Small Business and Mobile Computing

We are finally living in the future envisioned in the science fiction stories from the 1950s and 1960s, at least in terms of communications. We have mobile phones with video capabilities, and tablets that can practically do everything a home computer can, and then some. There are even companies, like Samsung and Apple, which are releasing smart watches that double as cell phones, like something out of Dick Tracy. These communication innovations haven’t just benefited people on a personal level, they also have tremendous potential in the business arena.

Business meeting and mobile computing

Business and Mobile Computing

Businesses, and especially small businesses, are shifting away from traditional office spaces. Instead, business owners are looking more toward shared offices, virtual office space, or just running their businesses out of their homes. Even if a company does have a traditional dedicated space, there are more workers who might need to spend some or all of their work days away from the office. There are also those industries, like the construction industry, where a majority of the work has always been done outside of the office environment.

Early mobile office devices were pagers and cell phones with nothing more than numeric capabilities, and laptops that were often as heavy and cumbersome as the desktops they were designed to replace. Over the years, advances in mobile phone technology have led to smart phones and tablets. Laptops got smaller and faster, and also gained the capability of performing many functions wirelessly, but in many ways business applications and software still had some catching up to do.

Business Applications and Software

The main drawback to most business applications and software is that it wasn’t always easy to share data in real-time if you weren’t connected to the office network. As a result people had to use work-arounds, many of which were not completely effective.

For example, if the project manager at a construction company had to communicate blueprint changes to the crew at the constructions site, he might have to email the changes and hope that everyone successfully received the email. Or he would have to update the file on the company server, and hope that the people in the field are able to access the company server remotely and get the updates.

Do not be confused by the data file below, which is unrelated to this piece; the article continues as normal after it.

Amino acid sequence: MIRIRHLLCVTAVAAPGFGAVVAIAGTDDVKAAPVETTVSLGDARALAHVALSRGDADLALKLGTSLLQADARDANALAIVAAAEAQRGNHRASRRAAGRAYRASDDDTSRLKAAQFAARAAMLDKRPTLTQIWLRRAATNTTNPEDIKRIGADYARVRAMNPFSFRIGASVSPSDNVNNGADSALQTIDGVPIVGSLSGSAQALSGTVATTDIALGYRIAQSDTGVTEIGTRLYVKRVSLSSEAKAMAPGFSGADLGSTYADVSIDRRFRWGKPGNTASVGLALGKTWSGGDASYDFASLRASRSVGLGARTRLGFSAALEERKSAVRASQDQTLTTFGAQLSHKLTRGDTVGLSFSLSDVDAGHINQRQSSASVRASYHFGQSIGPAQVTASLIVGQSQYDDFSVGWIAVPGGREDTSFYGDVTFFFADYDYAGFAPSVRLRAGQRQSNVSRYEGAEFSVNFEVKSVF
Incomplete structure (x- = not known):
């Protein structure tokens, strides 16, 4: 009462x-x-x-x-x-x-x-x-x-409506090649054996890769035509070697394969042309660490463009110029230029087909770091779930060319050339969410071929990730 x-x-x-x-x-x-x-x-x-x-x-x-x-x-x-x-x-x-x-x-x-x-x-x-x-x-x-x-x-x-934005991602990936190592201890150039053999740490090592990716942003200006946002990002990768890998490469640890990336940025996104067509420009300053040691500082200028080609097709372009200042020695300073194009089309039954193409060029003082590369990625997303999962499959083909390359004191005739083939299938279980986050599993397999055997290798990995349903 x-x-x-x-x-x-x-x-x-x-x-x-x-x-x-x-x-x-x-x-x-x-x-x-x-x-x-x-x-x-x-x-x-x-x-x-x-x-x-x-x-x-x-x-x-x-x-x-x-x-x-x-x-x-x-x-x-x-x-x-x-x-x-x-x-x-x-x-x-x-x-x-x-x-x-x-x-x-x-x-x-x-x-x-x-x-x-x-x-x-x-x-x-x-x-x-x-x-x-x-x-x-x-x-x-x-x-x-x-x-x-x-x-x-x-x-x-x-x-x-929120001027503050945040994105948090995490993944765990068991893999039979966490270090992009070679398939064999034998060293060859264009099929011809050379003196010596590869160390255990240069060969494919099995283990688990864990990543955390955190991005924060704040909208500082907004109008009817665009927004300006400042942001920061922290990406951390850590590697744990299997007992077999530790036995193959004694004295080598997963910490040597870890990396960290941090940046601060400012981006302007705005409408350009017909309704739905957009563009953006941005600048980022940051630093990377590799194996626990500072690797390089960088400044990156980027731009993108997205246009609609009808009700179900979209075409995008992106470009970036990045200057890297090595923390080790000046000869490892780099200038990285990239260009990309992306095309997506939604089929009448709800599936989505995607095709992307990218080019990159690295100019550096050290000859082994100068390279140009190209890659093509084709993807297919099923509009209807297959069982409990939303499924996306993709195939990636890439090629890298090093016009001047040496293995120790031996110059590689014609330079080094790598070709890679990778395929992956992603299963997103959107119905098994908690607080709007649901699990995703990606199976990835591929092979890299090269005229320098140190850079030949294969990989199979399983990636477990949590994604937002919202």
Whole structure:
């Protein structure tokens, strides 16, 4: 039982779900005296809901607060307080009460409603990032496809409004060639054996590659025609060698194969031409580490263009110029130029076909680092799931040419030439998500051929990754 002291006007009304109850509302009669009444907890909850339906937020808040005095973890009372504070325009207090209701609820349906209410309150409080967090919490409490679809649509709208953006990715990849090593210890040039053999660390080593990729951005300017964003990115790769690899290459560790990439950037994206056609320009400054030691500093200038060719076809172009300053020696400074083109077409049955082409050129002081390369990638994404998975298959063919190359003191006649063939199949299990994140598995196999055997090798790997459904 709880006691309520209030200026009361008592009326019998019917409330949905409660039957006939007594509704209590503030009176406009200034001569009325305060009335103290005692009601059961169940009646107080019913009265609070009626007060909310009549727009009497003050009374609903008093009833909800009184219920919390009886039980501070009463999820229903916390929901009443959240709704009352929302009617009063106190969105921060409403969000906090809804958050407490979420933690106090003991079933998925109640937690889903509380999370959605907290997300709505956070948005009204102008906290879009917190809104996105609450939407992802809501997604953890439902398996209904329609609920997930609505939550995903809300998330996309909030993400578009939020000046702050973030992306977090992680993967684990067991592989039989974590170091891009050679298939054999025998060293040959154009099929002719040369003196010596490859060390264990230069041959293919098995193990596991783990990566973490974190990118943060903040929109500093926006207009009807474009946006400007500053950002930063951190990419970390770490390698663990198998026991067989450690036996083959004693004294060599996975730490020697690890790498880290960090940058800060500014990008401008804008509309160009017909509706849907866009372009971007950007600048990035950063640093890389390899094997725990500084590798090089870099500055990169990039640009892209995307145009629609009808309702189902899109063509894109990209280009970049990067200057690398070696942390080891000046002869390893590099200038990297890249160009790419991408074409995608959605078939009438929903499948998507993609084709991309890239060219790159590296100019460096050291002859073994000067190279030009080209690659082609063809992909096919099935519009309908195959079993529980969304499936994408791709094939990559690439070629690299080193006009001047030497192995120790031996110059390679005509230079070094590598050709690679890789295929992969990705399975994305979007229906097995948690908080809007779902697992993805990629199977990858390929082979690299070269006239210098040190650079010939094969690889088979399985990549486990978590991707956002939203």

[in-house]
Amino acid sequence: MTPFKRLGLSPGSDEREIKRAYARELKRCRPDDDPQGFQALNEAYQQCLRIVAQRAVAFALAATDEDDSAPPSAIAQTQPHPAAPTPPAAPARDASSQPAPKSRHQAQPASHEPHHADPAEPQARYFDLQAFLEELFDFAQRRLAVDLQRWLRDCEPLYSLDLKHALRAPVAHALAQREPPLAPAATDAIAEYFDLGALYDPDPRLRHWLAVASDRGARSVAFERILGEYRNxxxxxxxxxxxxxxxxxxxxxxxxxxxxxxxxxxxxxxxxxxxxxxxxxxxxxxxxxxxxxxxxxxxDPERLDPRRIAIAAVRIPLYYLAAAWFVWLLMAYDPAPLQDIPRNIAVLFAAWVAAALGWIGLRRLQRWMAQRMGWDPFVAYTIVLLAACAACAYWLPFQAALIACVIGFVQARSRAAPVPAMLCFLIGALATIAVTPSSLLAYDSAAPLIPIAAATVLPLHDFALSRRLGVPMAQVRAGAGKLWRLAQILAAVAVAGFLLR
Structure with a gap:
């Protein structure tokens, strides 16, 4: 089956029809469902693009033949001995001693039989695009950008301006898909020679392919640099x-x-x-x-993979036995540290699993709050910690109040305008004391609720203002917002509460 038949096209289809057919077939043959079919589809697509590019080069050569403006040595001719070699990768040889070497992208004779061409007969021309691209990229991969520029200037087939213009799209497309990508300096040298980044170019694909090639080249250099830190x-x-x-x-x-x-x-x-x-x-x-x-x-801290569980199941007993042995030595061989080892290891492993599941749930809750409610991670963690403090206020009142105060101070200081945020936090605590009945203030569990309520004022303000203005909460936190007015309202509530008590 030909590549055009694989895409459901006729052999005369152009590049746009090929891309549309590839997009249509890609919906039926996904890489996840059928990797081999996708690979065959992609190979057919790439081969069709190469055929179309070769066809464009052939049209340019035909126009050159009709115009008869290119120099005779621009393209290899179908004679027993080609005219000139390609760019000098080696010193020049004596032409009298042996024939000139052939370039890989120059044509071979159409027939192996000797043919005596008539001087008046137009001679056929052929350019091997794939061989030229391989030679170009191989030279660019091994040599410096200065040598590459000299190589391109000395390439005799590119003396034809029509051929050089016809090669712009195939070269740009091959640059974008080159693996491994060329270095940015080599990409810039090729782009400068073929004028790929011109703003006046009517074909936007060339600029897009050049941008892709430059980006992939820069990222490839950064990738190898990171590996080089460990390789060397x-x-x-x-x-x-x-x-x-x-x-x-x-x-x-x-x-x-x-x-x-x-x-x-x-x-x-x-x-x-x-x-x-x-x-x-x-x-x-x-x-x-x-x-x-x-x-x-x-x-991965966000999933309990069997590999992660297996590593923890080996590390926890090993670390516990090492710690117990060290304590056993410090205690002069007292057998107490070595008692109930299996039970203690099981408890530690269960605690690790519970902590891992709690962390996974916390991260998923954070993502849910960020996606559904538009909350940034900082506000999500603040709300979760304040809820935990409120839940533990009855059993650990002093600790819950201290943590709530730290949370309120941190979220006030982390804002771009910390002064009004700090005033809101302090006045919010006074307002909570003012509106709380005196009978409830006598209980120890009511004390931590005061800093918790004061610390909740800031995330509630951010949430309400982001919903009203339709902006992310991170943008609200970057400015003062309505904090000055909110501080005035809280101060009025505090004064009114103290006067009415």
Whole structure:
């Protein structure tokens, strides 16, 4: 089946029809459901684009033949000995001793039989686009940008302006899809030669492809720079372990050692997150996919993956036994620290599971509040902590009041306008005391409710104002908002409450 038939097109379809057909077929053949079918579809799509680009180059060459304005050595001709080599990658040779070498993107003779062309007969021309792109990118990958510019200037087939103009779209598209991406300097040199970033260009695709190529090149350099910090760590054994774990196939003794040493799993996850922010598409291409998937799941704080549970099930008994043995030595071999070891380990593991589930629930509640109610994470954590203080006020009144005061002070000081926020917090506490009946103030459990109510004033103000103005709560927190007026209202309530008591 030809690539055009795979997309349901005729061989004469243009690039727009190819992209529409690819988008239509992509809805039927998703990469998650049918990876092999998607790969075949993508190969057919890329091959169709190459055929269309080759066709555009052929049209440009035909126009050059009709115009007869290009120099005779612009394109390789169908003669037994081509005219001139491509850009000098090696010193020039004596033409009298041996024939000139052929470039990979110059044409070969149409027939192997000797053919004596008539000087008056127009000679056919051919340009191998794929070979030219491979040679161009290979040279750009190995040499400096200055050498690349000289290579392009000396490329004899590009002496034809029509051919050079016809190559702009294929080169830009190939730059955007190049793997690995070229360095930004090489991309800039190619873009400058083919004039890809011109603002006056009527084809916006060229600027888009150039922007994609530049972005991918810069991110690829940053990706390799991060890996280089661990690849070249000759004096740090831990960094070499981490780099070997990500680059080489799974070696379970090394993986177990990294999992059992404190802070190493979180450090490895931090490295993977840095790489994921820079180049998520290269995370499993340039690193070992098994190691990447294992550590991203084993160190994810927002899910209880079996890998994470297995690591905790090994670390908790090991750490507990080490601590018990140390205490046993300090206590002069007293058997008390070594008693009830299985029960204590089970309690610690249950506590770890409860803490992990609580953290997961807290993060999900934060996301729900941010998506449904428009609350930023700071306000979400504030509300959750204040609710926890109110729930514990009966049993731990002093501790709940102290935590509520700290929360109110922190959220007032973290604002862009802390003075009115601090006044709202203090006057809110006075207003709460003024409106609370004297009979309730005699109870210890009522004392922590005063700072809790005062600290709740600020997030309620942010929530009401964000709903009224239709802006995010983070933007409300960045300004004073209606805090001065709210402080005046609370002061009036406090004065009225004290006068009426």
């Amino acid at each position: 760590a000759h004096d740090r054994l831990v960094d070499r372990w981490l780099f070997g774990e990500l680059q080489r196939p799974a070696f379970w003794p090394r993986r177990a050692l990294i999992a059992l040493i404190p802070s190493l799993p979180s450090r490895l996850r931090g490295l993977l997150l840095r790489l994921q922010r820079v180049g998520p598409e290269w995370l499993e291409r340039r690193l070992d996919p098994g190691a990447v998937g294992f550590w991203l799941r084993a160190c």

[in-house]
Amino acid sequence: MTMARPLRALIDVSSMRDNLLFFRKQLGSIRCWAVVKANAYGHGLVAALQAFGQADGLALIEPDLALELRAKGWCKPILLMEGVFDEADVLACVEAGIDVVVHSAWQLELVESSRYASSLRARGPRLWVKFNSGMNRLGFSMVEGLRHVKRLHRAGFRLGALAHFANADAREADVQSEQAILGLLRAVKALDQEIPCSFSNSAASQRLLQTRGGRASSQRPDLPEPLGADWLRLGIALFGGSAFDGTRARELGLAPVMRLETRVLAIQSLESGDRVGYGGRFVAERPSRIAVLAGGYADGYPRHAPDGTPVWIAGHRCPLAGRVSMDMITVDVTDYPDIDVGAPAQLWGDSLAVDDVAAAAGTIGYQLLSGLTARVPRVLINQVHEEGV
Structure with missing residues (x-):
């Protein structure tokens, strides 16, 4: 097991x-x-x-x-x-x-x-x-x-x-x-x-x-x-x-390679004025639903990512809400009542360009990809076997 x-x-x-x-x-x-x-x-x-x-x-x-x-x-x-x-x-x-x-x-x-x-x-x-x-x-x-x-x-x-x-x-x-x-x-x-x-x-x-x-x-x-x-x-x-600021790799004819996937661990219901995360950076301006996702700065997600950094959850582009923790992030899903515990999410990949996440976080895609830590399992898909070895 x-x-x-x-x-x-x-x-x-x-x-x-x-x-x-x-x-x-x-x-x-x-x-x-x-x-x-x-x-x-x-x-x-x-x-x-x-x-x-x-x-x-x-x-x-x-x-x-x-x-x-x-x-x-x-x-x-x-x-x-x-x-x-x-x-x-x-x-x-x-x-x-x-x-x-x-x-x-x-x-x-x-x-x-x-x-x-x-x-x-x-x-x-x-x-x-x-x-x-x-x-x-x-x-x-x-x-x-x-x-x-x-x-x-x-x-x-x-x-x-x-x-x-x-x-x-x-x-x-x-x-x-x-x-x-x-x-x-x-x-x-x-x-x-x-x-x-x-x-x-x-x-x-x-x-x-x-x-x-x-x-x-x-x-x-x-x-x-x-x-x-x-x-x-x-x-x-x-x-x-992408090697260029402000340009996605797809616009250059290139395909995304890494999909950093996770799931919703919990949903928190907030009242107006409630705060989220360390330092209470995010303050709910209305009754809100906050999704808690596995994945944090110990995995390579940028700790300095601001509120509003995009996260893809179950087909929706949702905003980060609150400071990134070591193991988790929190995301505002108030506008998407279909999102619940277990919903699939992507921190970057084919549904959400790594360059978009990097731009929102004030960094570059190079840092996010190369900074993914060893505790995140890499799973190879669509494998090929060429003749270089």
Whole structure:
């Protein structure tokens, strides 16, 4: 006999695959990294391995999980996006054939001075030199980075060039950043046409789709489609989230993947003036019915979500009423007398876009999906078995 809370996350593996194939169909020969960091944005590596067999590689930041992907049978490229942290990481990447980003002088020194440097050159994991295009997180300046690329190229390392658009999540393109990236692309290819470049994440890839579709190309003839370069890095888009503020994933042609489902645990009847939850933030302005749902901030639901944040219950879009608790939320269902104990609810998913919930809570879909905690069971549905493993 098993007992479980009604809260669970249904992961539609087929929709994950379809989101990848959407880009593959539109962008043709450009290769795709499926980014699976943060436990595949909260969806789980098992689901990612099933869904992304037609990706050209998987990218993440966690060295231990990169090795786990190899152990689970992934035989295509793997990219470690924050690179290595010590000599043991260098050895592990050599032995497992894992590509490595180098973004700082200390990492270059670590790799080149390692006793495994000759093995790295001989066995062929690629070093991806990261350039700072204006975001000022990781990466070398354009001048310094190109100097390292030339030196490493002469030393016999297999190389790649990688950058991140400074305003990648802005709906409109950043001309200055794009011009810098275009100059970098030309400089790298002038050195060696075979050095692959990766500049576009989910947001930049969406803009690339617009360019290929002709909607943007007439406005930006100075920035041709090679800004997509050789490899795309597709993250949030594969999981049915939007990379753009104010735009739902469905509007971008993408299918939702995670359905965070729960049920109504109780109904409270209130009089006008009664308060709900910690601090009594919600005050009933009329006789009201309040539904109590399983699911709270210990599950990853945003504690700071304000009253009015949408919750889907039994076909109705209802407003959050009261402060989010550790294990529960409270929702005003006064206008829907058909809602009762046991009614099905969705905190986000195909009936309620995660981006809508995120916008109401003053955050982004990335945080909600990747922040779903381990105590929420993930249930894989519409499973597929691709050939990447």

Cloud working

Today, more companies are looking at ways to utilize cloud servers as a means of sharing information in real time, without the user having to jump through too many hoops to access that information. One iteration of this, the iPad construction app by Procore allows construction crews to share information directly through the app on a simple Wi-Fi connection. They don’t have to log directly onto the company’s servers, and they don’t have to search through multiple directories for the information they need.

Even mainstream software developers are getting into the act, such as Microsoft office 365, which allows users to create, edit, store, and share Microsoft Office documents online. So if Joe in accounting has created an Access database of profit and loss, he can access that information from anywhere that he has an internet connection, and so can anyone else he wants to grant permission to.

The Future of Mobile Computer for Businesses

Technology manufacturers are already developing tablets that can replace laptops, and convertible devices that can become either a tablet or laptop as needed. They are also working do expand the functionality of the watch devices.

iPad-powered mobile office
photo credit: Kent Manning

Software manufacturers are also creating more mobile versions of the software, so that users can get work done from any place, and any device.

The traditional laptop, and even the desktop computer, could become a thing of the past as more people transition to mobile computing.